FBI Scandal: The outrage and self-righteous posturing over the fact that fired former FBI Deputy Director Andrew McCabe might lose his FBI pension is misplaced. What's truly outrageous is how large and lavish government benefits have become.
McCabe's lucky: At least three congressional Democrats have already stepped up to offer the disgraced former No. 2 FBI official jobs in their offices — hey, it's not their money, right? — so he can qualify for a full pension.
This is being sold as an act of compassion for someone left destitute after 22 years of loyal service. But the fact is, McCabe isn't getting stiffed; he's still eligible for federal retirement benefits. They just won't be as much, and he can't take them right away.
What he does lose is a special deal given to federal employees engaged in police work, fire fighting, security, intelligence or air traffic control that lets them retire early at full benefits after they reach 50 years of age with just 20 years of service.
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McCabe was fired on Friday, just two days before he would have turned 50. He had already applied for retirement in January after meeting with FBI Director Christopher Wray. No doubt, McCabe thought back then he would be able to creep out the back door with his pension and benefits intact.
But the Inspector General's office of the Justice Department has accused McCabe of misconduct arising from improper contacts with the news media and misleading FBI investigators about the Hillary Clinton investigation. In case you're wondering, "misleading" is a government euphemism for "lying."
But what really got us was that, after working at the FBI for just 22 years, McCabe's pension package was valued at a whopping $1.8 million. And even if he loses that, as someone who is covered by the Federal Employees Retirement System, he'll still get a pension. It'll just be smaller than his FBI pension, and he'll have to wait until 60 to collect it, but it will be generous nonetheless.
Please remember, McCabe was fired on recommendation of the FBI's own Office of Professional Responsibility. It wasn't vindictiveness.
The real scandal is that government bureaucrats like McCabe have gamed the system for years to get platinum retirement and benefits packages, all paid for by the hardworking, taxpaying "deplorables" these same bureaucrats despise.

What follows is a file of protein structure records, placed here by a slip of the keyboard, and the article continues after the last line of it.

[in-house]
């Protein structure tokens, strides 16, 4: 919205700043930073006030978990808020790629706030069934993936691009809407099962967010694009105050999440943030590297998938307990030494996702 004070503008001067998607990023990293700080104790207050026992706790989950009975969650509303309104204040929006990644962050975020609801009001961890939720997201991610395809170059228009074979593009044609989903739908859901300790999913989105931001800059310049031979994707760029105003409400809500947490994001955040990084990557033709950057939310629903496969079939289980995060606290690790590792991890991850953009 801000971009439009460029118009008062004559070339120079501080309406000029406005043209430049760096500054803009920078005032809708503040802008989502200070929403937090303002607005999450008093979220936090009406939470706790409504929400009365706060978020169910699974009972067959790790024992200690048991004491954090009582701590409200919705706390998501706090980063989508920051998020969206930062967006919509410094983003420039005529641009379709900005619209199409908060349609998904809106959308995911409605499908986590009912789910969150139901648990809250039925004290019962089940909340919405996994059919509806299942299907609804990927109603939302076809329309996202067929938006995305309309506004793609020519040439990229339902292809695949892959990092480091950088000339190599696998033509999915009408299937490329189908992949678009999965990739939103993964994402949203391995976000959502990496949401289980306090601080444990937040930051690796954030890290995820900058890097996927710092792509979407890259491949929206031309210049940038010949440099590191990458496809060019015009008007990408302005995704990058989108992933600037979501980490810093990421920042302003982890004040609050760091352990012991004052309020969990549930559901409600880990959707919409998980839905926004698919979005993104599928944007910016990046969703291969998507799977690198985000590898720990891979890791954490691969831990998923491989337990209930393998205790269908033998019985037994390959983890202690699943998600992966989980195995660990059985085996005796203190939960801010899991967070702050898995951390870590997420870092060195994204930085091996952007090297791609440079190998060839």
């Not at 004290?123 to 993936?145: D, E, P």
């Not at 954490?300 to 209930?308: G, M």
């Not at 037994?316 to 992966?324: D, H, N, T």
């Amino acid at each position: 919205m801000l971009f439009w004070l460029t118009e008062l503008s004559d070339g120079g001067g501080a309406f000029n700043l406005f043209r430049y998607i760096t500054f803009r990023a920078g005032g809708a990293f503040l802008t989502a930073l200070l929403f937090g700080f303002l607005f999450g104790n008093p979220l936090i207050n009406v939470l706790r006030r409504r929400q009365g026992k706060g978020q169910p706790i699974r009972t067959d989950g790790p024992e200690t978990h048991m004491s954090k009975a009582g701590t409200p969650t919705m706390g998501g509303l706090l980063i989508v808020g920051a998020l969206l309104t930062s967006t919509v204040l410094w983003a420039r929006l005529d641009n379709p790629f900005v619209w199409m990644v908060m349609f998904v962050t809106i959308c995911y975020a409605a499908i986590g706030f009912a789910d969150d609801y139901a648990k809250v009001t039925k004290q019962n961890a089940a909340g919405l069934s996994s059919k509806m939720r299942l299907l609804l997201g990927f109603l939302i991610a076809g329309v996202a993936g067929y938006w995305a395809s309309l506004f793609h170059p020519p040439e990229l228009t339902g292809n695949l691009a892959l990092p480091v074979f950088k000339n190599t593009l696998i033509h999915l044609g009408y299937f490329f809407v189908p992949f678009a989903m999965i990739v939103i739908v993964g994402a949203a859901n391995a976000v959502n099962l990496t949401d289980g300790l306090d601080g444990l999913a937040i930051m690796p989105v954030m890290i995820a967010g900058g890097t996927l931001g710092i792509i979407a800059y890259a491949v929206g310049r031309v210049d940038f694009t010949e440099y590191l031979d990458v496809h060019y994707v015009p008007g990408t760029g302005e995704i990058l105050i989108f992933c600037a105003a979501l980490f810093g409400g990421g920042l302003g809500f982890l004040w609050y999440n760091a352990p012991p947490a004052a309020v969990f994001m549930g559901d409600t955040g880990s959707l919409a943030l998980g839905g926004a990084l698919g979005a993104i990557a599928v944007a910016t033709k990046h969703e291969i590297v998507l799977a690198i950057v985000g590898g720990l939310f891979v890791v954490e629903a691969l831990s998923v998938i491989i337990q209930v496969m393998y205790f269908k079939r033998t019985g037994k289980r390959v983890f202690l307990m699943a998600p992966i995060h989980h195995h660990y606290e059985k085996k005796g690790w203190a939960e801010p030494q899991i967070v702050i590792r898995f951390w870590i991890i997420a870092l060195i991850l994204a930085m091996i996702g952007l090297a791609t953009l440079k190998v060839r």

As one of the federal government's 2.2 million employees, McCabe's pension is subsidized, insured and mostly guaranteed by taxpayers, part of a generous benefits package — covering health insurance, paid leave and, of course, retirement — available to all federal workers.
Along with having 401(k)-type pensions with a generous "employer" match, federal workers also get a defined-benefit pension, to which they contribute less than 1% of their pay. Oh, and they also receive health coverage when they retire. And Social Security.
Private sector workers get nothing comparable.
A Congressional Budget Office study last year noted that "Average benefits were 52% higher for federal employees whose highest level of education was a bachelor's degree than for similar private-sector employees."
As for those federal employees with just a high school diploma, benefits are 93% higher — no, that's not a misprint — than for those with equivalent education in the private sector.
According to data the Bureau of Economic Analysis, which is part of the federal government, in 2016 the average federal employee earned $127,259 in total compensation, compared to $70,764 for the private sector. Meanwhile, federal workers enjoyed average annual benefits of $38,450, compared to average benefits in the private sector of just $11,306.
In other words, the average federal employee earns 80% more than a private-sector worker. As we said, that's a real scandal. Yet average Americans are supposed to shed tears for McCabe's "lost" pension rights.
We're not averse to retirement benefits. But, unlike the private sector, government officials have protected and insured retirements and cost-of-living increases.
Today, most private sector workers rely on their own savings and the financially shaky Social Security system for retirement. But as they do, they'll also have to pony up for the retirements of local, state and federal workers, most of whom get a far better deal than the private sector workers do.
The public-private gap is quite scary: According to a 2011 CBO study, among private-sector workers aged 55 to 64, 52% had nothing — zero — in retirement savings. But if you work for a local, state or federal government, no worries.
"In reality, public pension plans offer long-term government workers benefits that make them among the best-off retirees in the country," wrote the American Enterprise Institute in a 2014 study. "Indeed, the average full-career government worker in eight states retires as a 'pension millionaire,' with 23 states paying $750,000 or more in lifetime retirement benefits."
So don't cry for McCabe. He'll likely get his gilded FBI pension anyway, and even if he loses that, he'll still get a nice federal package to retire on. After all, big government takes care of its own — and that doesn't include you.